More than 1,000 firms are to be freed from the requirement to submit accountants’ reports to the Solicitors Regulation Authority.
The SRA Board today agreed new criteria for submission of accounts to lift the burden on smaller firms regarded as less of a risk.
Firms dealing exclusively with legal aid are already exempt from the requirement, and the SRA will expand that exemption to include all firms with an average account balance of less than £10,000 over a year and a maximum account balance of £250,000.
The changes are thought to affect around 1,000 law firms in England and Wales.
As well as lowering the burden on firms, the SRA will also seek to reduce its own workload by removing the requirement to submit so many accounts. More than 9,000 reports are submitted every year, of which around half are qualified by accountants for a perceived breach.
However, just 200 of these submissions lead to any referral or further investigation.
The reforms will also encourage accountants to use their professional judgment to assess reports they prepare and remove the need to qualify accounts for trivial breaches of accounting rules.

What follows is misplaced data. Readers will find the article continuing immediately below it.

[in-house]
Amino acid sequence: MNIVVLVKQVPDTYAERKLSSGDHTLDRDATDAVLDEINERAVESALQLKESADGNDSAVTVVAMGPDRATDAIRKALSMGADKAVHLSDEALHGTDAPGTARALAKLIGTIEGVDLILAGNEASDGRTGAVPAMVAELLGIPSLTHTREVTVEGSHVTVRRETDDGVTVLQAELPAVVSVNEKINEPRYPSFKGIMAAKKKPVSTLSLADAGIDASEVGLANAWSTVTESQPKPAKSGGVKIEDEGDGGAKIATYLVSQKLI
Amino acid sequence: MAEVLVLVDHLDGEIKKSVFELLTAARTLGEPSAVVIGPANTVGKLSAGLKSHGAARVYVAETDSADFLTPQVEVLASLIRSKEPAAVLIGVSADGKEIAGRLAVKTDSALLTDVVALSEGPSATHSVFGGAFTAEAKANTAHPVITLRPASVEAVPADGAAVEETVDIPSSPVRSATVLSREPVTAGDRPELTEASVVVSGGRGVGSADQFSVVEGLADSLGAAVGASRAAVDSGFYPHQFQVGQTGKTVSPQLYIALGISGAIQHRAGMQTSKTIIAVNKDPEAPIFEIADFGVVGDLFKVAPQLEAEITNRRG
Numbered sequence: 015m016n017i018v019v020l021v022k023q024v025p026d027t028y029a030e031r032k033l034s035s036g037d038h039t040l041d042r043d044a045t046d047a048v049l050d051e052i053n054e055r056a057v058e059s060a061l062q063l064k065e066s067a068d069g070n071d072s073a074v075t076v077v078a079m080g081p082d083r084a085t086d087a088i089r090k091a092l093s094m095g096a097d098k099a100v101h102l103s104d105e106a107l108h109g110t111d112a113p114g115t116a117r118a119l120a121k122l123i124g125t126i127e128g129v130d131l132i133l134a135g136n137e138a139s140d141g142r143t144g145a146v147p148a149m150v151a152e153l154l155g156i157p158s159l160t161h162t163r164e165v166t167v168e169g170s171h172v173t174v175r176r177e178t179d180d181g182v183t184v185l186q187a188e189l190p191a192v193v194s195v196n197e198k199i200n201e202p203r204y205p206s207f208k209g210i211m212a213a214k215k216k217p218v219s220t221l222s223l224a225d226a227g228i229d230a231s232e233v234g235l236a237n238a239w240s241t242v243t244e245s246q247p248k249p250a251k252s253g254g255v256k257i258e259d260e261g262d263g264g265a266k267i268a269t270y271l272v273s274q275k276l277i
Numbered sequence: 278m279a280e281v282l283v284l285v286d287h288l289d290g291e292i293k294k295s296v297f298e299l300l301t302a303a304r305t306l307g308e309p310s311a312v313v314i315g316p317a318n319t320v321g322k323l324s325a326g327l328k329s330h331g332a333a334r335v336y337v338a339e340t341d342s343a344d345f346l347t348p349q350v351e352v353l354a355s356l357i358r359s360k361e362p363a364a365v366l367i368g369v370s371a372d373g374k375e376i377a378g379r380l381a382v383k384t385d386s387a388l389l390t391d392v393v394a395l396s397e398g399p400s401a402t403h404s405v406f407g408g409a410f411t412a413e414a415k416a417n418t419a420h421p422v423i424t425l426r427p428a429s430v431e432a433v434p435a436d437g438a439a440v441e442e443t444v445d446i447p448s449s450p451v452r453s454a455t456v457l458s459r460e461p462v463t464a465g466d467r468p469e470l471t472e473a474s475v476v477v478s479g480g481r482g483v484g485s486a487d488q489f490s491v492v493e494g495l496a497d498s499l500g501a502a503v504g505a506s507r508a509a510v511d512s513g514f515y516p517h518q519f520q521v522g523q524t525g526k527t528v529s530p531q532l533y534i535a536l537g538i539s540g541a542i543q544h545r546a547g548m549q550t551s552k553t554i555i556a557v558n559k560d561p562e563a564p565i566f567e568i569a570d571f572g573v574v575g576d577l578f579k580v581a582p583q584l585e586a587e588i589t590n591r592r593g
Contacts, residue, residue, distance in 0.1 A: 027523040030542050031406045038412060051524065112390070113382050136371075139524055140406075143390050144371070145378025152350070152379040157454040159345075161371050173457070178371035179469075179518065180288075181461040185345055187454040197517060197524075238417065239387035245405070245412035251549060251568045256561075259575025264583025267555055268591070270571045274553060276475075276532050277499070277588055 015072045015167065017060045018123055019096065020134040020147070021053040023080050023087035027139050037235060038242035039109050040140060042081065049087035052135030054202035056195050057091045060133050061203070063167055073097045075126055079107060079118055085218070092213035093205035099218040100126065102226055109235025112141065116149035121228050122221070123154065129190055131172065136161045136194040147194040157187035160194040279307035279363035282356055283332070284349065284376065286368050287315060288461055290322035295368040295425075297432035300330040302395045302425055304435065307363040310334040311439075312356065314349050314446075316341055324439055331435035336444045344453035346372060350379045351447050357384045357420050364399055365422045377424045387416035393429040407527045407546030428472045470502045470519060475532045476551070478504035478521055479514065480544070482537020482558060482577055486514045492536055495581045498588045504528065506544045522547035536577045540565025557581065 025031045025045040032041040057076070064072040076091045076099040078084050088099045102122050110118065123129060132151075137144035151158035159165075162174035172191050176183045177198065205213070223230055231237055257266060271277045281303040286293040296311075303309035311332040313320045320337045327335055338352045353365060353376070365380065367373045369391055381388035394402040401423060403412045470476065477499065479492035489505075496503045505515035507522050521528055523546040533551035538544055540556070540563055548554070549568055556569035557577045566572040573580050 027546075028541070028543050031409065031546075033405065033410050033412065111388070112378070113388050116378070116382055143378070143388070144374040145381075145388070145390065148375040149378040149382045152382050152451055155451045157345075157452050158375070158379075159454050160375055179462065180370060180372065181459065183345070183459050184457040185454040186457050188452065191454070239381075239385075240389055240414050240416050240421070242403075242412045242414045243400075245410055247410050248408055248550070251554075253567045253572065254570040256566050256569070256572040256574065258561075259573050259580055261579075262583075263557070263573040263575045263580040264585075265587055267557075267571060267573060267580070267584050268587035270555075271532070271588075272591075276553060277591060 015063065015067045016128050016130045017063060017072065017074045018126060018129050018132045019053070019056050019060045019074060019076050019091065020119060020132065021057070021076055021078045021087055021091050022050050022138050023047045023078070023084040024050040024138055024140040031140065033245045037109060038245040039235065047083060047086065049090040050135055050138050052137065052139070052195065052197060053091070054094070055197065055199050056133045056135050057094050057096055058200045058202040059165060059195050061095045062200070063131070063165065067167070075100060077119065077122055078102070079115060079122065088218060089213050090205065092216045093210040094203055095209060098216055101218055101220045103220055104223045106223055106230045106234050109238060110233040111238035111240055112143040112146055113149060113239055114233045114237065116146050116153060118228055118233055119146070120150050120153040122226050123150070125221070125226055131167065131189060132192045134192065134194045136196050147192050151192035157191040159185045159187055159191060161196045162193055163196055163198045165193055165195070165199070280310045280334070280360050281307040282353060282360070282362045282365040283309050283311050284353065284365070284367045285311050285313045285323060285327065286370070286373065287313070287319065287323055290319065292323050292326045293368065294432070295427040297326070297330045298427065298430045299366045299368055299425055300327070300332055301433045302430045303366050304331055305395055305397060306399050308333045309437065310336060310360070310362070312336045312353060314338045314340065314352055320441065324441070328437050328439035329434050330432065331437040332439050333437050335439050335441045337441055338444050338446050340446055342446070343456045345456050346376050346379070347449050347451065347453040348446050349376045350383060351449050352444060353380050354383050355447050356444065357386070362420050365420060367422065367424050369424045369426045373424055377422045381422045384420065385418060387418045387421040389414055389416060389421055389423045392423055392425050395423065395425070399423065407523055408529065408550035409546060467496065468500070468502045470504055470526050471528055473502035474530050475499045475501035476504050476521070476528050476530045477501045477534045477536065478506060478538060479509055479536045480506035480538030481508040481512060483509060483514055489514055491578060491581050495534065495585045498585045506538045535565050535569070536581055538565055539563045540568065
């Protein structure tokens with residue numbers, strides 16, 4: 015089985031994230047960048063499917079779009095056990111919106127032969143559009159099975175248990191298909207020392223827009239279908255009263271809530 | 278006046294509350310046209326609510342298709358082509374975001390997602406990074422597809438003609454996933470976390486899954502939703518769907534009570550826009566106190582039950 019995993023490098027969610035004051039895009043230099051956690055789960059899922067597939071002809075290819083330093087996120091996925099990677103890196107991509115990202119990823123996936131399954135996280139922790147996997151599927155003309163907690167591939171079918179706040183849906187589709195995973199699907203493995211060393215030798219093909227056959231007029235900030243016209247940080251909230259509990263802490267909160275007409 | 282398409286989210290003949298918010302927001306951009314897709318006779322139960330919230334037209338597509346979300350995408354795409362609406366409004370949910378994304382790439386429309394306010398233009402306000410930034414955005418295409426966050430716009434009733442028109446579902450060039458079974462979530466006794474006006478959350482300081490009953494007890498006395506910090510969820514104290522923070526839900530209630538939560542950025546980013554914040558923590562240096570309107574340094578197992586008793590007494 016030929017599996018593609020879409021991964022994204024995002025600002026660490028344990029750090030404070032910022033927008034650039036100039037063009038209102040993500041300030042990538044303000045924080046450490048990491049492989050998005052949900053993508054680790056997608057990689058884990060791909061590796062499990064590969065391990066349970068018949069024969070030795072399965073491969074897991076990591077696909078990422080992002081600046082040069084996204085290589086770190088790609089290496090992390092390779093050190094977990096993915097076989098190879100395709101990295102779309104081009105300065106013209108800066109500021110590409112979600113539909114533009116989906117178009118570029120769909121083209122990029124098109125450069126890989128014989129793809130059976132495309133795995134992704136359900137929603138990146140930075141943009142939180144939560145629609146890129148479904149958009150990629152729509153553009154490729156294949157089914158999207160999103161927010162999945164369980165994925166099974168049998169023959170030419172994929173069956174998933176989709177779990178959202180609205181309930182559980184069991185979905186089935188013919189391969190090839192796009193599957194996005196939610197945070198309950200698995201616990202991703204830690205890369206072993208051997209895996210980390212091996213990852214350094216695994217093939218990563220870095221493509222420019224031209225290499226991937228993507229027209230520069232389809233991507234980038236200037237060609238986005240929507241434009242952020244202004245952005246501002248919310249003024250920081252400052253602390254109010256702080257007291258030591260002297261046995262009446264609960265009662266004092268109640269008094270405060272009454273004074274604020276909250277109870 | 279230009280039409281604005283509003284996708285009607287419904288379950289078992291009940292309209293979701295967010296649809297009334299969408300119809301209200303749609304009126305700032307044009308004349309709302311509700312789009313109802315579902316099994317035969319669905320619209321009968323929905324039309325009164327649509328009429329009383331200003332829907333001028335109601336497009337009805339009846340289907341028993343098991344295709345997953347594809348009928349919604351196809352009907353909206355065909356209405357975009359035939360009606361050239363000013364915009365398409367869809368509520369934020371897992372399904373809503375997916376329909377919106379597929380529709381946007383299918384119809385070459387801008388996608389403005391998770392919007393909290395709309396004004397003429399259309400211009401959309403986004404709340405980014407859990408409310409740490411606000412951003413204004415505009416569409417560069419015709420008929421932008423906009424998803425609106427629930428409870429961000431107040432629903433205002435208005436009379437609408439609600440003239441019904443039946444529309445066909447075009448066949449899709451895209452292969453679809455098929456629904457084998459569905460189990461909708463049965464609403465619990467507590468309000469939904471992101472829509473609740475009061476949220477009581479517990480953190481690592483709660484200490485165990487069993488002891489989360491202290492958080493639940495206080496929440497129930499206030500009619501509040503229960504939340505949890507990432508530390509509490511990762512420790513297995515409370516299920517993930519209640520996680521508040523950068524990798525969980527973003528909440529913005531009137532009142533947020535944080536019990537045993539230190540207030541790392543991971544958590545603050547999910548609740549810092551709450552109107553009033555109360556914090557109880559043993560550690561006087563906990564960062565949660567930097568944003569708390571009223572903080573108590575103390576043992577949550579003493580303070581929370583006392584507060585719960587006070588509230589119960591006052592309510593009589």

’Some firms may find that obtaining reports is very expensive because of their size and structure, so it makes sense to use accountants’ expert views in this way to ensure value for money,’ said Crispin Passmore, executive director for policy.
'Where firms hold smaller amounts of client money and are relatively low risk, relaxing the current arrangement is sensible.’
The SRA floated the idea last year of removing reporting requirements altogether, but it was felt that this would pose too great a risk for clients.
The current proposal went for consultation in November 2014 and received 42 responses.
SRA board chair Enid Rowlands (pictured) said the new policy is a sign of the organisation’s new emphasis on ‘proportionate’ measures which are more effective.
‘There are other ways of finding information which analyse risk which work better than adding this layer of bureaucracy,’ she added.